Summit via Everett Collection
You can imagine that Renny Harlin, director and one quadrant of the writing team for The Legend of Hercules, began his pitch as such: We'll start with a war, because lots of these things start with wars. It feels like this was the principal maxim behind a good deal of the creative choices in this latest update of the Ancient Greek myth. There are always horse riding scenes. There are generally arena battles. There are CGI lions, when you can afford 'em. Oh, and you've got to have a romantic couple canoodling at the base of a waterfall. Weaving them all together cohesively would be a waste of time — just let the common threads take form in a remarkably shouldered Kellan Lutz and action sequences that transubstantiate abjectly to and fro slow-motion.
But pervading through Lutz's shirtless smirks and accent continuity that calls envy from Johnny Depp's Alice in Wonderland performance is the obtrusive lack of thought that went into this picture. A proverbial grab bag of "the basics" of the classic epic genre, The Legend of Hercules boasts familiarity over originality. So much so that the filmmakers didn't stop at Hercules mythology... they barely started with it, in fact. There's more Jesus Christ in the character than there is the Ancient Greek demigod, with no lack of Gladiator to keep things moreover relevant. But even more outrageous than the void of imagination in the construct of Hercules' world is its script — a piece so comically dim, thin, and idiotic that you will laugh. So we can't exactly say this is a totally joyless time at the movies.
Summit via Everett Collection
Surrounding Hercules, a character whose arc takes him from being a nice enough strong dude to a nice enough strong dude who kills people and finally owns up to his fate — "Okay, fine, yes, I guess I'm a god" — are a legion of characters whose makeup and motivations are instituted in their opening scenes and never change thereafter. His de facto stepdad, the teeth-baring King Amphitryon (Scott Adkins), despises the boy for being a living tribute to his supernatural cuckolding; his half-brother Iphicles (Liam Garrigan) is the archetypical scheming, neutered, jealous brother figure right down to the facial scar. The dialogue this family of mongoloids tosses around is stunningly brainless, ditto their character beats. Hercules can't understand how a mystical stranger knows his identity, even though he just moments ago exited a packed coliseum chanting his name. Iphicles defies villainy and menace when he threatens his betrothed Hebe (Gaia Weiss), long in love with Hercules, with the terrible fate of "accepting [him] and loving [their] children equally!" And the dad... jeez, that guy must really be proud of his teeth.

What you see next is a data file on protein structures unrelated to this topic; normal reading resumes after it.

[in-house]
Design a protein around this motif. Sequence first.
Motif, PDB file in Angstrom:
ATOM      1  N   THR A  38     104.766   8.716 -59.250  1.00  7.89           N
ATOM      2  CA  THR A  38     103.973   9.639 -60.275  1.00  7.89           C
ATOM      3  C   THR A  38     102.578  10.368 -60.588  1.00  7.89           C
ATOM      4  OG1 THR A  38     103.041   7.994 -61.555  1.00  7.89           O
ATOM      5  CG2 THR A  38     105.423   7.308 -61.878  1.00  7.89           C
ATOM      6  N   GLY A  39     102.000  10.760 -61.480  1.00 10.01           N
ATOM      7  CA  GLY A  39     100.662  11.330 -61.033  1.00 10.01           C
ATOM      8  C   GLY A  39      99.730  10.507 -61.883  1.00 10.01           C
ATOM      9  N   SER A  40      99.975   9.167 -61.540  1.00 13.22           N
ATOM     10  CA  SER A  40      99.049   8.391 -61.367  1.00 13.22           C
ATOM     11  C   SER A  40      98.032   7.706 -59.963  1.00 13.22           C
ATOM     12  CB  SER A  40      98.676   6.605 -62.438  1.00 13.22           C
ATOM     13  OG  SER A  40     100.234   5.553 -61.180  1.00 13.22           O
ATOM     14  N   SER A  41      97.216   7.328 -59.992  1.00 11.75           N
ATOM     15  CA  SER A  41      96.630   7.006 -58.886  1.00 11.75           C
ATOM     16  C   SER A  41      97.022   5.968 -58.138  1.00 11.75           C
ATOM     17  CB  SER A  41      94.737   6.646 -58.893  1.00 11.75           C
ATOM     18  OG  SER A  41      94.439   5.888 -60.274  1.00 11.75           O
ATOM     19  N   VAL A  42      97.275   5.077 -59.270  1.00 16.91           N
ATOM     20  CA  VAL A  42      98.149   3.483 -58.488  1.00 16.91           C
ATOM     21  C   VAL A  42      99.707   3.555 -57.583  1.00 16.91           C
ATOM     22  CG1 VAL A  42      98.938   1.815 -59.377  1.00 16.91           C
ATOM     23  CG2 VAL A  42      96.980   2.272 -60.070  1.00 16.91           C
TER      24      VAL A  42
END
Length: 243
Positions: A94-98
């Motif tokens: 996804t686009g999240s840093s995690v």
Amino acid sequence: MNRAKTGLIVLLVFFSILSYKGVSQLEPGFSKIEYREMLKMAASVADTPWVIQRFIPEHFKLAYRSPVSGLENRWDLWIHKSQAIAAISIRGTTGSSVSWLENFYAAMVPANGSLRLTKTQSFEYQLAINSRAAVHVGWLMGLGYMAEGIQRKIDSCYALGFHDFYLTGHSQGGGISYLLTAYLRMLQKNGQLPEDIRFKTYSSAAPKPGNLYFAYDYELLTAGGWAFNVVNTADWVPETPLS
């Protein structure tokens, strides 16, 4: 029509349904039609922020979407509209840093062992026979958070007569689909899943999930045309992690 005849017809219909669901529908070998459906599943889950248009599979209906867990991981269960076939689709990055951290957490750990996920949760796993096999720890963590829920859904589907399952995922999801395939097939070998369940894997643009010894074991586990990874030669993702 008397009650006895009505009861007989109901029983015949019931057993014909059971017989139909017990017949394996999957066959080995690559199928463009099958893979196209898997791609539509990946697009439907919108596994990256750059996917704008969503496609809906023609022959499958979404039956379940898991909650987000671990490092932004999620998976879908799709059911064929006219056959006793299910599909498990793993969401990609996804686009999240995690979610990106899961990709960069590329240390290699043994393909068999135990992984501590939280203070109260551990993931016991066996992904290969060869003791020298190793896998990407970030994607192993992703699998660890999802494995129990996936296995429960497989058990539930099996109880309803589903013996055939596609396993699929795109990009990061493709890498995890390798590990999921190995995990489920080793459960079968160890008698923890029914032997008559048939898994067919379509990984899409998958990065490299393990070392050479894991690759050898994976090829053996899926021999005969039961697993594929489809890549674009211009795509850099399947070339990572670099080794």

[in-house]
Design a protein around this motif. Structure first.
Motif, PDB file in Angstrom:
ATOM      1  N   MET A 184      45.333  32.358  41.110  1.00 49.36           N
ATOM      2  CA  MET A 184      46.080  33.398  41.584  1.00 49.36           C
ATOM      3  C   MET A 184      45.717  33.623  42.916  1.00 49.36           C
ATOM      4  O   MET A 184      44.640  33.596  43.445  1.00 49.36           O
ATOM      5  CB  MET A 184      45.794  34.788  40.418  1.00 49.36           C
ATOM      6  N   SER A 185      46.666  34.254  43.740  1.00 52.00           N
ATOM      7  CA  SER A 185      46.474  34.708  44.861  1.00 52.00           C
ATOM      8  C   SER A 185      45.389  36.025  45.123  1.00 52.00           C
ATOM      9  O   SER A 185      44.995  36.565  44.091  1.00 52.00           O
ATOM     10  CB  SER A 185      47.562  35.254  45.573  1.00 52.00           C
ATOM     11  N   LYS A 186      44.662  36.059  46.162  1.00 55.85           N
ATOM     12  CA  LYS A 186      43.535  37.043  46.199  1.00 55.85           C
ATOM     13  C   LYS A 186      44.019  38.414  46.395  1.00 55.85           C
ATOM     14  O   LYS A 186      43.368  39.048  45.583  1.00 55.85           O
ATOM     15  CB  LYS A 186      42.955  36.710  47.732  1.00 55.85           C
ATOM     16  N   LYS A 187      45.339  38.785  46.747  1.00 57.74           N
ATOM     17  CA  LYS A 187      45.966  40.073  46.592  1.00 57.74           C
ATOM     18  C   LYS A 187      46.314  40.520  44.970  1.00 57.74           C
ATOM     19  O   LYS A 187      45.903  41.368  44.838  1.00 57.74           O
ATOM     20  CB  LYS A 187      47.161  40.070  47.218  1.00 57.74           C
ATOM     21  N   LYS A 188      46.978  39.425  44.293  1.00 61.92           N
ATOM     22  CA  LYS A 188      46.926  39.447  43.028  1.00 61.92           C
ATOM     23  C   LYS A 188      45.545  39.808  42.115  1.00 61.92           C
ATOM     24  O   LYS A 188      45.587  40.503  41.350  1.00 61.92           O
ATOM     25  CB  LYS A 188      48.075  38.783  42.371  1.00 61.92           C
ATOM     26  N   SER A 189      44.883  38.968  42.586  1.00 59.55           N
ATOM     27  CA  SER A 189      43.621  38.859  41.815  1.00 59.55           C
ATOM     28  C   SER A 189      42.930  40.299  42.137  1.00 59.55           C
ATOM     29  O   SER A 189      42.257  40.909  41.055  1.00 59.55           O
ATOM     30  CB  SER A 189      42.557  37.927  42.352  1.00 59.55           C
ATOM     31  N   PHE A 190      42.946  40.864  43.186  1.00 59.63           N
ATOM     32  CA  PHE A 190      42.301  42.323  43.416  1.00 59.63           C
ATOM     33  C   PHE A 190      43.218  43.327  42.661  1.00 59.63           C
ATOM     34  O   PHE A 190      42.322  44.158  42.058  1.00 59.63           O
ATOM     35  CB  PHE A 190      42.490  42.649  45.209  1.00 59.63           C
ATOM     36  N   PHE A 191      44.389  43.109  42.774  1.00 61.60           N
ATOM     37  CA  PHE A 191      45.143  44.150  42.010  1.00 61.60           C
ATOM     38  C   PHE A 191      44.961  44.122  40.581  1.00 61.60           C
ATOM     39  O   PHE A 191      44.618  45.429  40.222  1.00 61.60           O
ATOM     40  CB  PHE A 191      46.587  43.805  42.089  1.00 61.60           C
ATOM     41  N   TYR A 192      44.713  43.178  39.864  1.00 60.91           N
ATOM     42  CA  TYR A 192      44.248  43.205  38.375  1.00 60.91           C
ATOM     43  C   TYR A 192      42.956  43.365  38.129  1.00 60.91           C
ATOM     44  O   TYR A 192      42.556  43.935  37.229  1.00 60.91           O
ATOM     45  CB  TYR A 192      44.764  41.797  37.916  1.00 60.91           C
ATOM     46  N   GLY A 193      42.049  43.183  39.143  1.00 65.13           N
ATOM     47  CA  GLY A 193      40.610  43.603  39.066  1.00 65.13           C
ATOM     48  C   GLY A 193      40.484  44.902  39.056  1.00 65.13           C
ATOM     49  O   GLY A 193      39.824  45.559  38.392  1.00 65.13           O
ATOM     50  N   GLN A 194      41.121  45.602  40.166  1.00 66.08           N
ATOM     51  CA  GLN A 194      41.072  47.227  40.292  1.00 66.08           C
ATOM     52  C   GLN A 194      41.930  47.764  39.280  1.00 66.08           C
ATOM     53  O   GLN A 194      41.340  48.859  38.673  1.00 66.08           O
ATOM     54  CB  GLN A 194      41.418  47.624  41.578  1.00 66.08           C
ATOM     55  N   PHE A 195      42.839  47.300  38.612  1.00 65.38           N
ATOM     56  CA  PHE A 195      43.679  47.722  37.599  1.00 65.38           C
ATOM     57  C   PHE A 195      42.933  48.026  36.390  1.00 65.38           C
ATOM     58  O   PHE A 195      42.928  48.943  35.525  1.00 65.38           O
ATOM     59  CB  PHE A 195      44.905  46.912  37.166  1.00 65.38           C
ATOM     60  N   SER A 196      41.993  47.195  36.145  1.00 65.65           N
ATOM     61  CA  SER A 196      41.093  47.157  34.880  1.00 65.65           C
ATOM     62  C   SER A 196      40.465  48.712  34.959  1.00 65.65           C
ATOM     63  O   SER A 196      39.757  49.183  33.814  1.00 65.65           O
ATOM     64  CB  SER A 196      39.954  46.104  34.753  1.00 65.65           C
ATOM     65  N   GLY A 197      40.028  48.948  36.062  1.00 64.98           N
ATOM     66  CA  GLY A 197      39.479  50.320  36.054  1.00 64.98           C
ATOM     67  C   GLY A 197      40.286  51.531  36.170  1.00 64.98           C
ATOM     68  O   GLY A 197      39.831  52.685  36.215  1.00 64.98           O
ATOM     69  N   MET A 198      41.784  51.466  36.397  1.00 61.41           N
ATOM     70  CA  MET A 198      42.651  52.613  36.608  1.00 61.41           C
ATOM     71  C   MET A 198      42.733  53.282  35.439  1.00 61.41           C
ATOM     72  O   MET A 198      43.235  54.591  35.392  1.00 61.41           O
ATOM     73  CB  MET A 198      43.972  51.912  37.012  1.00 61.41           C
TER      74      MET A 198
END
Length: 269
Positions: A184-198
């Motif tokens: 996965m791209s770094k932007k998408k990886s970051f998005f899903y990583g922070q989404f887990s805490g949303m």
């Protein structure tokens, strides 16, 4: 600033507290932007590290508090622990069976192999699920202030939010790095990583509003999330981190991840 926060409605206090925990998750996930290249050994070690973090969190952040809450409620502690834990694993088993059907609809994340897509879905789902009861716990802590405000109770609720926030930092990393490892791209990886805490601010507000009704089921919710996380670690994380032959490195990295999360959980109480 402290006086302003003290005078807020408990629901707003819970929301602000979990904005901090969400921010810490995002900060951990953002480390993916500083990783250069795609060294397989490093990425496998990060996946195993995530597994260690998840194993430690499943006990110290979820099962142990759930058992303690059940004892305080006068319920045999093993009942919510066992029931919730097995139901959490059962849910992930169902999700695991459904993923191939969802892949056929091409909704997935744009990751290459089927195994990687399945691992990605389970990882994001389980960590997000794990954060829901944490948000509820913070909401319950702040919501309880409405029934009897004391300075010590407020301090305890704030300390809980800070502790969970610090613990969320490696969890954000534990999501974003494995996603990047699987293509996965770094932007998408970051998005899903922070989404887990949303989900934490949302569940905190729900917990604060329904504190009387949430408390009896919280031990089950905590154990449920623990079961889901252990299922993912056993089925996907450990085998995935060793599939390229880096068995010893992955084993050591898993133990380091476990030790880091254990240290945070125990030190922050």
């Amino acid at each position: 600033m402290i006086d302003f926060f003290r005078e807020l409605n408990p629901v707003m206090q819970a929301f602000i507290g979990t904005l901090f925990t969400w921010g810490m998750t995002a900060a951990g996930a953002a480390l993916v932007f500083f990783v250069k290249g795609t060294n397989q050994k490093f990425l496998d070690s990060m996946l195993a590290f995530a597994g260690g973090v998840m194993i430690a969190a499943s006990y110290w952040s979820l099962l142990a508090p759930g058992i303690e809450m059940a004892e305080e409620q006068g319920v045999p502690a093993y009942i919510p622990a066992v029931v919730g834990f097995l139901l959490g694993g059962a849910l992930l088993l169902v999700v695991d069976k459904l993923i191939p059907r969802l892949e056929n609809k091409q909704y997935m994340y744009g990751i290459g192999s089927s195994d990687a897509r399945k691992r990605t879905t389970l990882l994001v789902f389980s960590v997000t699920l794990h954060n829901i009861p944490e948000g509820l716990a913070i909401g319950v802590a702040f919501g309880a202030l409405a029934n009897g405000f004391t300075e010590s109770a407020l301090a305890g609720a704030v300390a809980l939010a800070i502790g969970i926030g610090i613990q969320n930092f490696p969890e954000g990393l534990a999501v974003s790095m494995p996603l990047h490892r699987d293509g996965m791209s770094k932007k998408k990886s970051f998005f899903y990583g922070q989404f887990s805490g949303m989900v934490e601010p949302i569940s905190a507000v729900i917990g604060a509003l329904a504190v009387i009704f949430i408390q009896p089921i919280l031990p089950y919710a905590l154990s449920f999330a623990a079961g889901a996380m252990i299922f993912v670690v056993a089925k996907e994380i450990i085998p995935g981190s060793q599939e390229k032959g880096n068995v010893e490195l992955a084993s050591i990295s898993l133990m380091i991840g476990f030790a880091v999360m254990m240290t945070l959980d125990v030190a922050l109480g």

With no artistic feat successfully accomplished (or even braved, really) by this movie, we can at the very least call it inoffensive. There is nothing in The Legend of Hercules with which to take issue beyond its dismal intellect, and in a genre especially prone to regressive activity, this is a noteworthy triumph. But you might not have enough energy by the end to award The Legend of Hercules with this superlative. Either because you'll have laughed yourself into a coma at the film's idiocy, or because you'll have lost all strength trying to fend it off.
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David Mitchell's novel Cloud Atlas consists of six stories set in various periods between 1850 and a time far into Earth's post-apocalyptic future. Each segment lives on its own the previous first person account picked up and read by a character in its successor creating connective tissue between each moment in time. The various stories remain intact for Tom Tykwer's (Run Lola Run) Lana Wachowski's and Andy Wachowski's (The Matrix) film adaptation which debuted at the Toronto International Film Festival. The massive change comes from the interweaving of the book's parts into one three-hour saga — a move that elevates the material and transforms Cloud Atlas in to a work of epic proportions.